As many of you know, I’ve been continuing to rework PLM 360 for a wide range of workflows including simulation. This has not been an easy undertaking. In the process I’ve run straight into my dislike of overly complicated processes, and thought I’d be safe to bypass some workspace lifecycles in favor of some simplified workflows.
However when I finally got moving on client requirements and documentation, I realized that I had made a substantial error.
If there is one thing that my career in four industries has taught me, it’s that detailed documentation of client requests and requirements is a serious matter, and I have lost money when these concerns became lax. I just lost sight of that while trying to ‘Not Be Overly Granular’.
Most issues revolve around the deliverable not being what the client envisioned. No matter how many times that client is warned of problems, they always point to what they originally said or sent in along the way.
Lifecycles and Document Change Orders
Lifecycles provide a better method of controlling the documentation of both the Client’s requests and your conversations with them. Document Change Orders go hand in hand with documentation under a lifecycle, and provide better reporting and cataloguing of changes along the way.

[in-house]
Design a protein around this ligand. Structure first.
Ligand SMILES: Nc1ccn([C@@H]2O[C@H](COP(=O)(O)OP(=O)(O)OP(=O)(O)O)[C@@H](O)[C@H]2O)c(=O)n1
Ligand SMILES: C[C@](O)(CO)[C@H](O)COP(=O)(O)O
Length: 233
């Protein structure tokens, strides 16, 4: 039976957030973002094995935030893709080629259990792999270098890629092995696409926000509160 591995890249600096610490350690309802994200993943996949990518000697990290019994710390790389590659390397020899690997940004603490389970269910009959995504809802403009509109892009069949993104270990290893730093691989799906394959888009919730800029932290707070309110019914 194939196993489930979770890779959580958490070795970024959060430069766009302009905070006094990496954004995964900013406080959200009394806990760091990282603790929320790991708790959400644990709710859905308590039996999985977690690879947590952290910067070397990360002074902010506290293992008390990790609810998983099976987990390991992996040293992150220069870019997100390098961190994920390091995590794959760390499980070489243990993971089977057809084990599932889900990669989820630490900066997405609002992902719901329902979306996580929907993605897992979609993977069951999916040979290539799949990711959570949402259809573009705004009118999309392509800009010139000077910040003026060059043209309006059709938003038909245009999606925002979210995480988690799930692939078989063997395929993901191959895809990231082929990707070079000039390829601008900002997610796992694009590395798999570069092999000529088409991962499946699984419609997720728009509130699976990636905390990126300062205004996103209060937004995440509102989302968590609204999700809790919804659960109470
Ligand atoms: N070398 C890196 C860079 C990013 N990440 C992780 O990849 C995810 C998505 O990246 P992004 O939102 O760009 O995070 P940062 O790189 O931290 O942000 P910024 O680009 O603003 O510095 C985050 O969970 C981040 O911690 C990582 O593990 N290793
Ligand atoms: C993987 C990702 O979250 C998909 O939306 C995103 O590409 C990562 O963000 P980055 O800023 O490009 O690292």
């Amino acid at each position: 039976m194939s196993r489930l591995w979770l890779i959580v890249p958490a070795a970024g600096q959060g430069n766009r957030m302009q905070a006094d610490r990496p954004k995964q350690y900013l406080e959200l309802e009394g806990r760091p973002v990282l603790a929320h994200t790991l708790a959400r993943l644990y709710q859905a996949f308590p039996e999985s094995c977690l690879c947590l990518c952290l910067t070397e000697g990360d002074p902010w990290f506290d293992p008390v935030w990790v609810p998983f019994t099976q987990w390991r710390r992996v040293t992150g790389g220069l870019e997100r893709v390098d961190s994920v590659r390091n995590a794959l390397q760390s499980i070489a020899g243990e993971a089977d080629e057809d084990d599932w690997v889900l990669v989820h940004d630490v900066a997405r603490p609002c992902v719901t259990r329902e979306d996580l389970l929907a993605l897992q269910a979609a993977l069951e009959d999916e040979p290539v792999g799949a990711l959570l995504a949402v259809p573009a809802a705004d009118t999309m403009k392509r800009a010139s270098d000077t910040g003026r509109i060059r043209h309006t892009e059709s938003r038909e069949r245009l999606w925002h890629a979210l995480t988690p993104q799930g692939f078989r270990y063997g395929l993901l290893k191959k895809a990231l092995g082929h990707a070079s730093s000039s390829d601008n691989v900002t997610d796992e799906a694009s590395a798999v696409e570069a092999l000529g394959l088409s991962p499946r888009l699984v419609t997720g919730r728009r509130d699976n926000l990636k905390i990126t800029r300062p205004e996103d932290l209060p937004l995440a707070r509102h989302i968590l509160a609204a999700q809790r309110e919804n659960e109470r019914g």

- Cataloging the client’s requests on a project
- Attaching the documentation that was supplied
- Tiered access to documentation of changes, and conversely their approvals
- Notification of all parties involved in the process, especially the designer that is expected to make the changes
Lifecycled documents lie in a Revision Controlled Workspace, and Change Orders are in a Revisioning Workspaces. These work together to provide all the tools needed to accomplish the security and awareness that I need. However these processes can be simplified if that’s what you desire. It all depends on how you do business.
Lifecycles and Document Change Orders are worth taking the time to understand, and while a bit more cumbersome for short projects, can provide the difference between looking incompetent and not being paid properly, vs. being on the ball, and getting paid what was agreed.